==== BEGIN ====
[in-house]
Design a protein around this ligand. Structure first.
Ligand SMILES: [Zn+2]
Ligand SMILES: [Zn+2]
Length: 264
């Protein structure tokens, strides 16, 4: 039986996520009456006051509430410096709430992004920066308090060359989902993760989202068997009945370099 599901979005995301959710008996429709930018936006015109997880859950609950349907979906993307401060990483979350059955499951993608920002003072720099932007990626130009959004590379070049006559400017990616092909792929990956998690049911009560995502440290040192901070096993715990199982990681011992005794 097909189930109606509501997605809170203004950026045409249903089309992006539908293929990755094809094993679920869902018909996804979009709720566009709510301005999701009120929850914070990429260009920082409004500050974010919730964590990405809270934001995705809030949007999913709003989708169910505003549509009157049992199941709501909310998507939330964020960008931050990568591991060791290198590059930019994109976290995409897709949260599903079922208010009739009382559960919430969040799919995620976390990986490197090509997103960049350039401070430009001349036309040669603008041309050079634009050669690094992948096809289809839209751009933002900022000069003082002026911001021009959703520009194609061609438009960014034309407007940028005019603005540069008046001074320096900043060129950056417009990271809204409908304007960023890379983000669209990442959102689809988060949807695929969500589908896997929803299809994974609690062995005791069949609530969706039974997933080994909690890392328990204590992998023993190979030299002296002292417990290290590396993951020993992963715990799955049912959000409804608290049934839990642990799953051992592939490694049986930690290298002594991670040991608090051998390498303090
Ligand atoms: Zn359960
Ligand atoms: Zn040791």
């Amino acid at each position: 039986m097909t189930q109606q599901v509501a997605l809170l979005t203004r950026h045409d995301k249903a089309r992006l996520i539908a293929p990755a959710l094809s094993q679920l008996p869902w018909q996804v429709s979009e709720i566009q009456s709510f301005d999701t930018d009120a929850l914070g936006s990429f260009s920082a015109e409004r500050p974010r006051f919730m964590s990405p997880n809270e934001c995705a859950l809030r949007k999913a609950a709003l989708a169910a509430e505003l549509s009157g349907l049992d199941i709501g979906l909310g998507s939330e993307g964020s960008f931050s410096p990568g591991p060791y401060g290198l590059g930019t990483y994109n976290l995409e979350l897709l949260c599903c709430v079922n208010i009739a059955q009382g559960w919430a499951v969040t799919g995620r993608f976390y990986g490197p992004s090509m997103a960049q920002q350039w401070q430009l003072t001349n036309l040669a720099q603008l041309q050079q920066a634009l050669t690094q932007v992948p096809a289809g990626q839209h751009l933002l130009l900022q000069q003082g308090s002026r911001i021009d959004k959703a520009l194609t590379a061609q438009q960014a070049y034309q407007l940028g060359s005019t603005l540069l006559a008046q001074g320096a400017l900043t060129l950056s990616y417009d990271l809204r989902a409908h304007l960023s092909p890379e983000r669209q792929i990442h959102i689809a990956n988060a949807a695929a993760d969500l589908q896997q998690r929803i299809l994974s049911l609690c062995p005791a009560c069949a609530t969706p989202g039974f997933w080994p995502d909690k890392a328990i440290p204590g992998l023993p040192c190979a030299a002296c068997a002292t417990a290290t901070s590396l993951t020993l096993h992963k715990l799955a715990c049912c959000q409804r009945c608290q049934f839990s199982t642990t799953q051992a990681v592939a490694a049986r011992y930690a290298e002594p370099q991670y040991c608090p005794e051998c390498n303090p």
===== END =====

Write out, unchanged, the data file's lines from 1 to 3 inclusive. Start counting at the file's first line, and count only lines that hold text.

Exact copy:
[in-house]
Design a protein around this ligand. Structure first.
Ligand SMILES: [Zn+2]